It’s tough to keep the worst pirates down, even when they’re fighting among themselves.

Popcorn Time, the free streaming video site that easily facilitated the theft of major movies and tv shows for a brief time in March, is back and causing even more controversy than its first outing.

 

IP Theft, Dev Code, and Popcorn Time Malware

Android-Zombie

Android-Zombie (Photo credit: greyweed)

The news that the infamous service has been restored by a developer group called Time4Popcorn is troubling enough, but the fact that the group is also providing a Popcorn Time Android app makes its content theft all the more pervasive.

The app breaches Google’s app guidelines for copyright infringement, of course, and was pulled from the official Play store within a day or two. The open Android platform is both a blessing and a curse, however, and very much the latter in this case, as users can still access and “sideload” the application on their phone, with a little bit of extra effort.

 

This practice isn’t recommended by Google, obviously, as it opens up our smartphones to all manner of malware, broken or outdated apps, and generally messy options that can clutter up a device. Ever-helpful Redditors jumped upon the news on a sub-Reddit informing potential users “Why Time4Popcorn is Incredibly Dangerous.

This thread was motivated primarily by the potential for Popcorn Time malware, but also serves as a battleground for the brewing war between developers associated with the service.

 

 

No Honor Among Thieves

 

Popcorn icon

This isn’t official Popcorn Time intellectual property, devs; don’t sue us (Photo credit: Wikipedia)

The most laughable part of all this, if it weren’t so damaging to creators and the entertainment industry, is that the developers of the original Popcorn Time are accusing the new devs of stealing not only their code, but the visuals associated with the service. The little popcorn character that has graced news sites everywhere is included in this.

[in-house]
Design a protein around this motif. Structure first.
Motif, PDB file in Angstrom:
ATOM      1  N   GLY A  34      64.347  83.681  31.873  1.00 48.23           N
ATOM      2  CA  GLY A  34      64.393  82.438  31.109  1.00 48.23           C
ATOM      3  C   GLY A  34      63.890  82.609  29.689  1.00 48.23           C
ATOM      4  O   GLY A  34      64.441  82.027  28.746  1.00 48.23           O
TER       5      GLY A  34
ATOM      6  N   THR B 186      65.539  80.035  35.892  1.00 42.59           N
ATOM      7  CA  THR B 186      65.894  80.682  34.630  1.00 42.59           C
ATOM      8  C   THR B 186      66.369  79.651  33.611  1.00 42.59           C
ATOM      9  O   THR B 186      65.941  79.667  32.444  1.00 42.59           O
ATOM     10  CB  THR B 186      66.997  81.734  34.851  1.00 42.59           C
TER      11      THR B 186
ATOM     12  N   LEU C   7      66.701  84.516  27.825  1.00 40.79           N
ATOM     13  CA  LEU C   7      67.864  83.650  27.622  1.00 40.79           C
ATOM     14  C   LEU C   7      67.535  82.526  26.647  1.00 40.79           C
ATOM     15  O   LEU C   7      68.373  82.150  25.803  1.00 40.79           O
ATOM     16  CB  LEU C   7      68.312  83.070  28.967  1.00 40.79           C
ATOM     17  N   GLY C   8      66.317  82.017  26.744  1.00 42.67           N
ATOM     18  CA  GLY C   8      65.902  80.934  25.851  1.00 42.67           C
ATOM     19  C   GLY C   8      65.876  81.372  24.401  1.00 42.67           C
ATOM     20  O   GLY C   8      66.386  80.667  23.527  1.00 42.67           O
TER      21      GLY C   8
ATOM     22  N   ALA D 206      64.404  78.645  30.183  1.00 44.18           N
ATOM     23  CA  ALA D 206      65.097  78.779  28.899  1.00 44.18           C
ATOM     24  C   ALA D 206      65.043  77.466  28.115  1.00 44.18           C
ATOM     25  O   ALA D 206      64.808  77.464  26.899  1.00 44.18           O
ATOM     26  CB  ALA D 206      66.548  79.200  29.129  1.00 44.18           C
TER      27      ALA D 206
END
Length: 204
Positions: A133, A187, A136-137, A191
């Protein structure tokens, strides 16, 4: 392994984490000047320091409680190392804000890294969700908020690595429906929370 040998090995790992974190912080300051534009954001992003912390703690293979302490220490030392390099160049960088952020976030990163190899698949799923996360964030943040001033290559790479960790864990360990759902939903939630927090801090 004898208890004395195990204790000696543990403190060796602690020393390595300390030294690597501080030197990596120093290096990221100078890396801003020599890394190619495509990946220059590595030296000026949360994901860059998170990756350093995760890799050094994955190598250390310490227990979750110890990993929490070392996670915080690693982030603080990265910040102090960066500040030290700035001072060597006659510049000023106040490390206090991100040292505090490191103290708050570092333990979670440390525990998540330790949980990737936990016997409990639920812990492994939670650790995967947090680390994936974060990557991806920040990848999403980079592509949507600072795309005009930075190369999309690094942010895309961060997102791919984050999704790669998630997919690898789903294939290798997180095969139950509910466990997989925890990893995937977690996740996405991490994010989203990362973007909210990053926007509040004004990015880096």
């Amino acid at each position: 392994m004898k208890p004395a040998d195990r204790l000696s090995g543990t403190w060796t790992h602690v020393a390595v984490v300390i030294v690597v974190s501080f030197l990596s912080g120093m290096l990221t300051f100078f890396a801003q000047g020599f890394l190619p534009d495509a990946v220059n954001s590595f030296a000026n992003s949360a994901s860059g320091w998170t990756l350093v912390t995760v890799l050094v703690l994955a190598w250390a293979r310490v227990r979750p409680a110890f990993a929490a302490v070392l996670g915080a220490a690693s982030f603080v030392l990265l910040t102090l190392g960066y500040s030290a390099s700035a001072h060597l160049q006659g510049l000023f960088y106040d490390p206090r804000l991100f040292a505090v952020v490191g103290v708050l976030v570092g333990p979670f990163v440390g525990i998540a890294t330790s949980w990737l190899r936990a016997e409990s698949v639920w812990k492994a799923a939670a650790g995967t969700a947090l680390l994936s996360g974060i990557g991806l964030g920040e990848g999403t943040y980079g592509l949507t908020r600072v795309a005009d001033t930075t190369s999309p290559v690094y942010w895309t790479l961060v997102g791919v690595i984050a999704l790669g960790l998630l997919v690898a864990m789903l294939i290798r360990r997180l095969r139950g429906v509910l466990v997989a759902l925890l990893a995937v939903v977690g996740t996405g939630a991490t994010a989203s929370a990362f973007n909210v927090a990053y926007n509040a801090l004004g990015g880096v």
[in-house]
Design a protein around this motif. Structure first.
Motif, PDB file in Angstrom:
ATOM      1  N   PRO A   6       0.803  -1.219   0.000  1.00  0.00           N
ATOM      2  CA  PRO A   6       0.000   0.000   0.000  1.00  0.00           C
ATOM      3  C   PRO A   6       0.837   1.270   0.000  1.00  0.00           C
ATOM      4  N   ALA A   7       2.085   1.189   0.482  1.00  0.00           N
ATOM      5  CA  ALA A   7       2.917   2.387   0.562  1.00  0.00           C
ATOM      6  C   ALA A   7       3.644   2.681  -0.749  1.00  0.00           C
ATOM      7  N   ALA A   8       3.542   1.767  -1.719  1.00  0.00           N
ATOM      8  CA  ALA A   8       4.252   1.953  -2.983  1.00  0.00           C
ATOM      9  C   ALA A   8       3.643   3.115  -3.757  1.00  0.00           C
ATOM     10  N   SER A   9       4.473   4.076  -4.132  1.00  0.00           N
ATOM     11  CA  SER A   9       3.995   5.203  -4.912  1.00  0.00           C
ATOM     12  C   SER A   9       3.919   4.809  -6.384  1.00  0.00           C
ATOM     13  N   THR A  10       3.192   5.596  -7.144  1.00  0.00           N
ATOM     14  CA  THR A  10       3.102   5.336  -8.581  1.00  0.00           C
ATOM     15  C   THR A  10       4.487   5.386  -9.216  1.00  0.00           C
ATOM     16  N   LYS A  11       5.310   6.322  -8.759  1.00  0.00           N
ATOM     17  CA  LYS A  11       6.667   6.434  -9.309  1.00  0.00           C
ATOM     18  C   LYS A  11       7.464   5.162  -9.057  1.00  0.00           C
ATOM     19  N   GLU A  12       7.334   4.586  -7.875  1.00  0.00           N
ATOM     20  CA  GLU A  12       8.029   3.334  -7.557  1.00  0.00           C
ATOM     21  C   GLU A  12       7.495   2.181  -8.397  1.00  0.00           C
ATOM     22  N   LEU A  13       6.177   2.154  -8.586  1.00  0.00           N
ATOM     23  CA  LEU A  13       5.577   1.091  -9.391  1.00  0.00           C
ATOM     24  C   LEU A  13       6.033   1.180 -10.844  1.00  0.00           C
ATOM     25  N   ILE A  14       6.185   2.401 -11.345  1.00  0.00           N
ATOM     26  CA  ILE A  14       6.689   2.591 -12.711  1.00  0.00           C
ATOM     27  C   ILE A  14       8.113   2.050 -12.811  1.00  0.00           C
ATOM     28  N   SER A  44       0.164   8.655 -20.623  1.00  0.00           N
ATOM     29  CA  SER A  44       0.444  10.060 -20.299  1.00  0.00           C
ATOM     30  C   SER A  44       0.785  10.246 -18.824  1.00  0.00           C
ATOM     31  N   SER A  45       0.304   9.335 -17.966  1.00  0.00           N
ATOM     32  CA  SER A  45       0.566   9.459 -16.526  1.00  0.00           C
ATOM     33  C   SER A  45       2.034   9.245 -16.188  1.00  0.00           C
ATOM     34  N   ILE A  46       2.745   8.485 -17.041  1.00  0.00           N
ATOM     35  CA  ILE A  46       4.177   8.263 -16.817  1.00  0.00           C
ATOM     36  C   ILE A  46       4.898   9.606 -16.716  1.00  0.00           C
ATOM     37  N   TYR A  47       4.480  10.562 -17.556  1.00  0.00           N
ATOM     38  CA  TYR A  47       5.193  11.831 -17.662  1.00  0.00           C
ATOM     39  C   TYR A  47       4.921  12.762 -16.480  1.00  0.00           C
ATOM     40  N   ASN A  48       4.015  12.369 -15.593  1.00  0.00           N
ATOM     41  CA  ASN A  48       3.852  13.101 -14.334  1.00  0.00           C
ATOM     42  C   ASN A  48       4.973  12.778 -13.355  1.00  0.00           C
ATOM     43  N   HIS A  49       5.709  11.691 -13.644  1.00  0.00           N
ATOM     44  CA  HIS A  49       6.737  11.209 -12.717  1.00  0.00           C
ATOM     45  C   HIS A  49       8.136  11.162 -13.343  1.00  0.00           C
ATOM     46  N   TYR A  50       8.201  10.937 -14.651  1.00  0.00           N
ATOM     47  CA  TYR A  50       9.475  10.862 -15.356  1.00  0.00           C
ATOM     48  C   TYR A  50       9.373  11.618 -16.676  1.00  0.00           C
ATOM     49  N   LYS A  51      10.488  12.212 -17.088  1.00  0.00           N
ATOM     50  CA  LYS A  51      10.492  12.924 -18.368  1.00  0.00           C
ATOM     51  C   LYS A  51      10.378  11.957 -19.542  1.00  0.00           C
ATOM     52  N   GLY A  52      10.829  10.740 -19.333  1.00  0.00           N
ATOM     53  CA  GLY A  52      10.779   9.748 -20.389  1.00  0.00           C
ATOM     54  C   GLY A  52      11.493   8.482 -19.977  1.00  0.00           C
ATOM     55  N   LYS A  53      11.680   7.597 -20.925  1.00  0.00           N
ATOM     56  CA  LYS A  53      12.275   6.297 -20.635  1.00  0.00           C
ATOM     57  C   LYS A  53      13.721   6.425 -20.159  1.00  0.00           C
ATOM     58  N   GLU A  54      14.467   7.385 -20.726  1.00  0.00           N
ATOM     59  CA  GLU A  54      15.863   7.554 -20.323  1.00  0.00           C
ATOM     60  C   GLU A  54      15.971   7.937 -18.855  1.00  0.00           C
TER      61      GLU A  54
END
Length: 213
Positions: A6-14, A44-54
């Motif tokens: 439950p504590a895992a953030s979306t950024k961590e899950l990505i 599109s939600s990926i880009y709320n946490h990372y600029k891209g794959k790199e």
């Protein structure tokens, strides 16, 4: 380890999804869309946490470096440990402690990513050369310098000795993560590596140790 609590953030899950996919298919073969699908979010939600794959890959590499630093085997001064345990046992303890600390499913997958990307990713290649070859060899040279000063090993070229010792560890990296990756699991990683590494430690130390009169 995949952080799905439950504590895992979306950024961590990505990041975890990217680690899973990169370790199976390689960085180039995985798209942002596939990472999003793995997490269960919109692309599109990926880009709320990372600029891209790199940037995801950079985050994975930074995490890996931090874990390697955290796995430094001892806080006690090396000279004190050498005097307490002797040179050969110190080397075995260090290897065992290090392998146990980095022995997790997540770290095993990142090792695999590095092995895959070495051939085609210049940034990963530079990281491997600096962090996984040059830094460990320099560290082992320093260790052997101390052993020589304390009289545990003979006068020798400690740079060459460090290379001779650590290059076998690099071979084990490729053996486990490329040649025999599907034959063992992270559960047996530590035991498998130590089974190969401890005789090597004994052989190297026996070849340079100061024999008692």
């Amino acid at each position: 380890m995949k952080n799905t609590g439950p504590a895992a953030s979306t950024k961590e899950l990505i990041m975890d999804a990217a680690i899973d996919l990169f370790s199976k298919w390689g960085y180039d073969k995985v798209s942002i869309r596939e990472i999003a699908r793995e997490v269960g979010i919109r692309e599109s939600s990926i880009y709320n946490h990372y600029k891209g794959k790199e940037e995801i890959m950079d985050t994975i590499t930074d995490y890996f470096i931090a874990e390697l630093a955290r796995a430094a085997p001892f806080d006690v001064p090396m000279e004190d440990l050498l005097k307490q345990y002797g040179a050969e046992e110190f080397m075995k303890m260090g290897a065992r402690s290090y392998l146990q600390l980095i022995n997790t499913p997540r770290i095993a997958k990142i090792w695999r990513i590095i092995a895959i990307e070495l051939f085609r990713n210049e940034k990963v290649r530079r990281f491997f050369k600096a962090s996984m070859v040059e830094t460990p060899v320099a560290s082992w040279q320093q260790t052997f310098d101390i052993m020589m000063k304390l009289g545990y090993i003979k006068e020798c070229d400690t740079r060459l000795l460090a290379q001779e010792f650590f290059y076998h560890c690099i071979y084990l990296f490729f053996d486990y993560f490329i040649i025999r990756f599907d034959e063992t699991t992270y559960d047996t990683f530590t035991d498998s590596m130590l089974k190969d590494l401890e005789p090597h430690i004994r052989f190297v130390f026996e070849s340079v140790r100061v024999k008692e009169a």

This sudden concern for intellectual property seems to extend only to work that Popcorn Time’s creators have poured time and effort into. The thousands of movies being ripped off – with all of the time, effort and investment that went into their creation – simply don’t register as worthy of protection for these thieves. Steal with us, not from us, it seems.

The startling hypocrisy of this situation leaves a bitter taste in the mouth.

Developers are undeniably a part of the creative community and have built a respect for licensing and attribution. When this respect isn’t extended to artists, writers, and the vast number of support workers who raise up their creative works, it’s a double-standard that damages all parties.

 

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